Negativity Bias will cause us to put more weight on bad news than on good. Some might call this risk management, but this bias can cause the effects of a risk to hold more weight than the possibility of a meaningful value. Going back to confirmation bias, most of us feel better when we are thinking inline with the crowd. Commonly accepting what everyone else thinks is called the Bandwagon Bias. One of my early career moments still stays with me today; the founder of the small start up I joined in Brussels, Belgium, routinely would ask us “what do you think?” And would not accept that you would think the same, stating “if everyone here thinks the same, then really only one of us is actually thinking.” He had - in his own passive aggressive manner - an antidote for avoiding bandwagon bias. 

My favorite? The “Ikea effect”; a cognitive bias in which we place a disproportionately higher value on products, objects or services you (partially) created. Other signs of thinking out of biases are when we fall in love with our first idea and run with it. When we form decisions on that what we know, without considering what we do not know. We remember only the good or only the bad parts of our work, or overestimate our own capabilities. When someone asks why things are done in a certain way, and you think, “Well, that’s how we’ve always done it” you are displaying a bias. If when deciding, you focus on how much value your opportunities pose rather than on the risks or alternatives others introduce you’re thinking out of a bias. Left unchecked, these biases lead to faulty decision making, derailing personal and organizational productivity.

Emotional biases add to our cognitive ones. These are the influences in your decision-making of how you feel about something or someone, not what you think about them. Emotional biases include loss aversion, overconfidence, regret aversion, and endowment. This “Endowment Effect” is another interesting bias whereby people attach more value to ideas or solutions they already have than to equivalent or better ones they could consider. Undervaluing opportunity. They are harder to correct than cognitive biases, because as hardened professionals, we focus on what we think more than on how we feel. Having knowledge of emotional biases is a first step toward a better decision-making practice.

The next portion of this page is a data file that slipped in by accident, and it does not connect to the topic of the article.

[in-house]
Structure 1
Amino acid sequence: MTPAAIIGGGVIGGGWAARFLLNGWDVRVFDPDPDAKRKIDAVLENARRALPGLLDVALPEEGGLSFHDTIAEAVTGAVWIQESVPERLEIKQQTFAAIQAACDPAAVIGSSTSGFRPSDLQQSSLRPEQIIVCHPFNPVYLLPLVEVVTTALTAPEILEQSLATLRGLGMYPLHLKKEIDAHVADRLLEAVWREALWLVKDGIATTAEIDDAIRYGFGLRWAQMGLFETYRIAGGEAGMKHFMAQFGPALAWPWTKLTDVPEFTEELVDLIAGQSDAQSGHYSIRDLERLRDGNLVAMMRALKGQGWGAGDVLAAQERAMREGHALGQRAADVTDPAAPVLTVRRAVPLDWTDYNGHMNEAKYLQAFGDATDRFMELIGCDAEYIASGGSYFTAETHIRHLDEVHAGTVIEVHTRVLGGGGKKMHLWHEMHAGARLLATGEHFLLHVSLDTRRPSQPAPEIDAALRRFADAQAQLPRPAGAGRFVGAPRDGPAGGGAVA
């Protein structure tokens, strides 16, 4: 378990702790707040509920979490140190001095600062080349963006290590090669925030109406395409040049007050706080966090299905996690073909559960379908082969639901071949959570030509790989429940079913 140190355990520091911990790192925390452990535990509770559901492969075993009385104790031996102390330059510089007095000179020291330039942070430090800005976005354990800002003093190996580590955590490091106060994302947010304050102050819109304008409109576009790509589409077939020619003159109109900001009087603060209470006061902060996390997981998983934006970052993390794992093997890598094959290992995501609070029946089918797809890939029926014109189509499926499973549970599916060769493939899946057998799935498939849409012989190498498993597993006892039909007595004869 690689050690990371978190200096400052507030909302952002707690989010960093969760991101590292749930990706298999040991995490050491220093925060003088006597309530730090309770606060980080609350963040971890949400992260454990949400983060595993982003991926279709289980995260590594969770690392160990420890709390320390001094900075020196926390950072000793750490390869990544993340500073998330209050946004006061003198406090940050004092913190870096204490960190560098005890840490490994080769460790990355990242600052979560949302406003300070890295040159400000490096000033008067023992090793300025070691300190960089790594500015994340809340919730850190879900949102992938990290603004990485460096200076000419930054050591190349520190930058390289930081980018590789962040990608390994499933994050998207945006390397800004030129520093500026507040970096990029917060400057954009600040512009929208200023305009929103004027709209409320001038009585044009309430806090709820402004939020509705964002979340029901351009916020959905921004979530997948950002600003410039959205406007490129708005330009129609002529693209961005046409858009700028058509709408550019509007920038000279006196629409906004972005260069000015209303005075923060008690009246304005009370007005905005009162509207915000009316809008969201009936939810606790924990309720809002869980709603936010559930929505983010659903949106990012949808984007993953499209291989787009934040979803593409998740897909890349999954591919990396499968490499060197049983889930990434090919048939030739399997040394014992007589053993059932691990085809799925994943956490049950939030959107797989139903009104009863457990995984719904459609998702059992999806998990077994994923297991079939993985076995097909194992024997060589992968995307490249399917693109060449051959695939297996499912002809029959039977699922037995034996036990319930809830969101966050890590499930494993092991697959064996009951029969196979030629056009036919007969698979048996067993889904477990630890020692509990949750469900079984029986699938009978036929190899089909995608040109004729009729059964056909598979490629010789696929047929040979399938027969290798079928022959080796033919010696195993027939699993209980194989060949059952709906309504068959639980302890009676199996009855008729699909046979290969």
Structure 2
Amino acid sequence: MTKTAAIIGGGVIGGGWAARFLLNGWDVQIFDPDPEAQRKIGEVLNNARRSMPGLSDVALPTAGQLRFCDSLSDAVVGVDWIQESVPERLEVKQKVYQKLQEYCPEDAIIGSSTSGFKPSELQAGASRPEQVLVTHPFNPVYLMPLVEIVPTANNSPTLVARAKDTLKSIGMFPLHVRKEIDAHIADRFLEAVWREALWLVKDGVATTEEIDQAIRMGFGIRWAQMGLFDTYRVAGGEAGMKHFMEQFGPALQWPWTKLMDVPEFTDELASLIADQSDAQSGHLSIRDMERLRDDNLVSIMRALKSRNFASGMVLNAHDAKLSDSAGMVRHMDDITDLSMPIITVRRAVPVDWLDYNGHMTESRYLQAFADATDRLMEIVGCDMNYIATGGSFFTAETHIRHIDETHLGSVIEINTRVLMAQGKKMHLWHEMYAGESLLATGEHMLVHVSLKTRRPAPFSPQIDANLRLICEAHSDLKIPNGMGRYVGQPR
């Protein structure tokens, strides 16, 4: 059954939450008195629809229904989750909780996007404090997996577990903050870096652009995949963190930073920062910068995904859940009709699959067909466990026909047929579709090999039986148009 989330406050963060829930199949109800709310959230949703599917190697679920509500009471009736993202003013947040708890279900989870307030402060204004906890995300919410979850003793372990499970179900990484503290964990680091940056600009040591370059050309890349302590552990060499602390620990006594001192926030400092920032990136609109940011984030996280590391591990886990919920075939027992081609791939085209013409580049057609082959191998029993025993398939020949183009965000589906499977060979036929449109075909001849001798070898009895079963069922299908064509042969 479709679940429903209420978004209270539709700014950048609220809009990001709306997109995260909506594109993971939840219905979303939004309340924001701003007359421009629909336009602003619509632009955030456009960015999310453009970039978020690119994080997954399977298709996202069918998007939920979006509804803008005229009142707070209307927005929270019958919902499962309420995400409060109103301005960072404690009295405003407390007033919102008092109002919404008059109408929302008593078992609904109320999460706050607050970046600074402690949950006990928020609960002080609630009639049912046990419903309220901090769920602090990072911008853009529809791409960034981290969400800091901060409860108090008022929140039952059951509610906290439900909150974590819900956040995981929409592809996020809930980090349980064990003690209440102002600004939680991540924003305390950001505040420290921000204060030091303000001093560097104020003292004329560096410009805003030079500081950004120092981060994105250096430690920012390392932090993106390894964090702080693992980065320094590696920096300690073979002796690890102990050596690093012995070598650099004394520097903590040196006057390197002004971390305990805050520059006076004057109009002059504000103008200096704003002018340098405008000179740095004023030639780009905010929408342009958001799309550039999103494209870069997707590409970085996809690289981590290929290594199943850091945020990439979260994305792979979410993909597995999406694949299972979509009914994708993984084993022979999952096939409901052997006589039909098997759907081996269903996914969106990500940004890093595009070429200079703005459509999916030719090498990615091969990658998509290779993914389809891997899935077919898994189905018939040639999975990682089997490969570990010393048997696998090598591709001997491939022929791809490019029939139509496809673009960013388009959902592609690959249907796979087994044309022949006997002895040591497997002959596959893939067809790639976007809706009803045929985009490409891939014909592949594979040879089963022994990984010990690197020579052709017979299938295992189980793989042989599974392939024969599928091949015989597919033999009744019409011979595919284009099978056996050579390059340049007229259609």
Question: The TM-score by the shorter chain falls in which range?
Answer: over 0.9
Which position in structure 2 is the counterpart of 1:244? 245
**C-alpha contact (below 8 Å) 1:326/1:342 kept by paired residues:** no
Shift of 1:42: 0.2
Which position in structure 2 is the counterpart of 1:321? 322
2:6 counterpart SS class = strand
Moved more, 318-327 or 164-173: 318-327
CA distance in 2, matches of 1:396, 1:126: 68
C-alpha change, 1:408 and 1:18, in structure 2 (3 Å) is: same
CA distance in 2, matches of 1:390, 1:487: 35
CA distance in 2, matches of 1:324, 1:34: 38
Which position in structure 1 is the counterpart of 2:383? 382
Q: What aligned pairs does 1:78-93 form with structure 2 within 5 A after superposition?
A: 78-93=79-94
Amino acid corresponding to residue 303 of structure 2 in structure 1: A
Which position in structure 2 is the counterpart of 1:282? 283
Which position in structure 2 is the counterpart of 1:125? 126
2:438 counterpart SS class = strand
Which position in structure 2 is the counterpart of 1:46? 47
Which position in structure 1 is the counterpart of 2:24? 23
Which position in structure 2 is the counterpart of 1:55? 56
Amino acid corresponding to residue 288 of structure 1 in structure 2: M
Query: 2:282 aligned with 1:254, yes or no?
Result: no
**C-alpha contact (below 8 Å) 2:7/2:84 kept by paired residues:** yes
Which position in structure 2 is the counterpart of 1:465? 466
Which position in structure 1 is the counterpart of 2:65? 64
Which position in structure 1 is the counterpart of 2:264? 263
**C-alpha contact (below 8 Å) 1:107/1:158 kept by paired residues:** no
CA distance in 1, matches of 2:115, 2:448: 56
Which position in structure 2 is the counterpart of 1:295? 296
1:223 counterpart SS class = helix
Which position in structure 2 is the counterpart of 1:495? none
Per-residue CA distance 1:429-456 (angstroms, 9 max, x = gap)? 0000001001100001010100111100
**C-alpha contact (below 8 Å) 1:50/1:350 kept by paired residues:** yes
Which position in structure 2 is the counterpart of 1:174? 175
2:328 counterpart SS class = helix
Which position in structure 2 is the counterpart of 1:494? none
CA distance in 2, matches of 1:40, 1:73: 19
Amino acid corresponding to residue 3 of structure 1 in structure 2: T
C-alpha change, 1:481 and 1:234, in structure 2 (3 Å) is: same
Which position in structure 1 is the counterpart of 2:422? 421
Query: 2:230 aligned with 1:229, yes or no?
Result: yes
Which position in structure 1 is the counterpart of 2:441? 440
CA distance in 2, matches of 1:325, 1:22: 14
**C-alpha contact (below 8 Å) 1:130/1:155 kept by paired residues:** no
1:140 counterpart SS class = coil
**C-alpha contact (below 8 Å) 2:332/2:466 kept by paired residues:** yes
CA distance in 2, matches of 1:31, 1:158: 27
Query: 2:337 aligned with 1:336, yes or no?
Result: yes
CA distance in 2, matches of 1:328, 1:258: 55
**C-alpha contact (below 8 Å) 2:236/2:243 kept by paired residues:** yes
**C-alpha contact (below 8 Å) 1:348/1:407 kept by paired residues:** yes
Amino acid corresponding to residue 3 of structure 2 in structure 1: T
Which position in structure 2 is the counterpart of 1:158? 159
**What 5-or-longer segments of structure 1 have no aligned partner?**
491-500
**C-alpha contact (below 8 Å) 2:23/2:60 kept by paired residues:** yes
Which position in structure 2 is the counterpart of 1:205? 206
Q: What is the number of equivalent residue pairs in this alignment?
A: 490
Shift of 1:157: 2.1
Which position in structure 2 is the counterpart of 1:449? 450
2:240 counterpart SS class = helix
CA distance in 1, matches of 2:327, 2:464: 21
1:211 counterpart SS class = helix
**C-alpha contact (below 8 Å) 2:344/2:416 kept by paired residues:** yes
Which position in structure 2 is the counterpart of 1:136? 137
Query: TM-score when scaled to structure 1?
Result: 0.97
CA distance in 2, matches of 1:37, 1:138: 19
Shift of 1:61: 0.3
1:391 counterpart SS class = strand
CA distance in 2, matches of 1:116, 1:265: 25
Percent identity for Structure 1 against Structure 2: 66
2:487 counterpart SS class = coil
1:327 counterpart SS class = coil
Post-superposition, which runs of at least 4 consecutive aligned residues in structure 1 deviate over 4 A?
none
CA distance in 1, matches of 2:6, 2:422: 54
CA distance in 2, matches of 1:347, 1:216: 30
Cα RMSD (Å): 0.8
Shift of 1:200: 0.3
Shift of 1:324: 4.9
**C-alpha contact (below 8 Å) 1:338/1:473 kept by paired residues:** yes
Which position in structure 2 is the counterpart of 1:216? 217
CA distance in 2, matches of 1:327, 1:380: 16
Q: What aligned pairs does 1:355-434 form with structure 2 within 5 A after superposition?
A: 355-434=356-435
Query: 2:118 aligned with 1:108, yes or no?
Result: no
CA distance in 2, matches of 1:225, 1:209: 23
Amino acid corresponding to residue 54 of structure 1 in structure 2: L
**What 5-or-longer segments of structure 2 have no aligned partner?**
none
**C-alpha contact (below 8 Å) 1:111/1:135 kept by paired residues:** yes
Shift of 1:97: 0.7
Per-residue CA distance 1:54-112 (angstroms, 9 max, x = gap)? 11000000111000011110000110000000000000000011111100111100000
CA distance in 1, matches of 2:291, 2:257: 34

Cognitive and emotional biases are within each individual. The studios or offices we work in or with today may now have five generations working alongside each other. This means views around scope, objectives, processes, project shifts, ideas, decisions and leadership are each under the influence of judgements and biases. But this is honestly not a bad thing. It allows us to focus on individuals and their actual abilities and points of view. We then get to know all kinds of biases. I completely agree that biases are insidious, subtly influencing our every action. It has us ignore contradictory evidence and fixate on the nuggets of evidence that support our idea or thinking. It makes all that we can see become reasons to believe that it will all happen the way we think it will. And we should allow this to happen naturally. Willingly entertaining that what we realize is faulty, as counterintuitive as this will feel, reduces the effect of the aforementioned biases.

“We are only as blind as we want to be.” 

Maya Angelou. American poet, singer, memoirist, and civil rights activist.

Once we understand how cognitive and emotional biases are contributing to our sometimes poor decision making, we can mitigate those biases and improving our judgments. Counter to the advice and warnings you may receive: accept and give in to your urge to judge. Bring your bias; it will help you make better decisions. However, only if you raise your awareness of how it influences your behavior. Knowing when you are thinking and acting out of emotion or fact will make a huge difference in uncovering that what is meaningful. 

It all hinges on being self-aware. Self-awareness is crucial. During these innovation journeys, you will inevitably experience the fears and failures that impact a project. You will see and act on these in reaction to the assessment, or evaluation, you have of these. You will always think or feel out of a bias, either emotionally or cognitively, or a mix of both. What is less obvious is that these will also have a significant effect on you as a person. Self-awareness becomes indispensable in understanding how your bias may influence (adversely) the highs and lows of the interactions you have with those you work with. Your self-awareness will help you remain clear-sighted.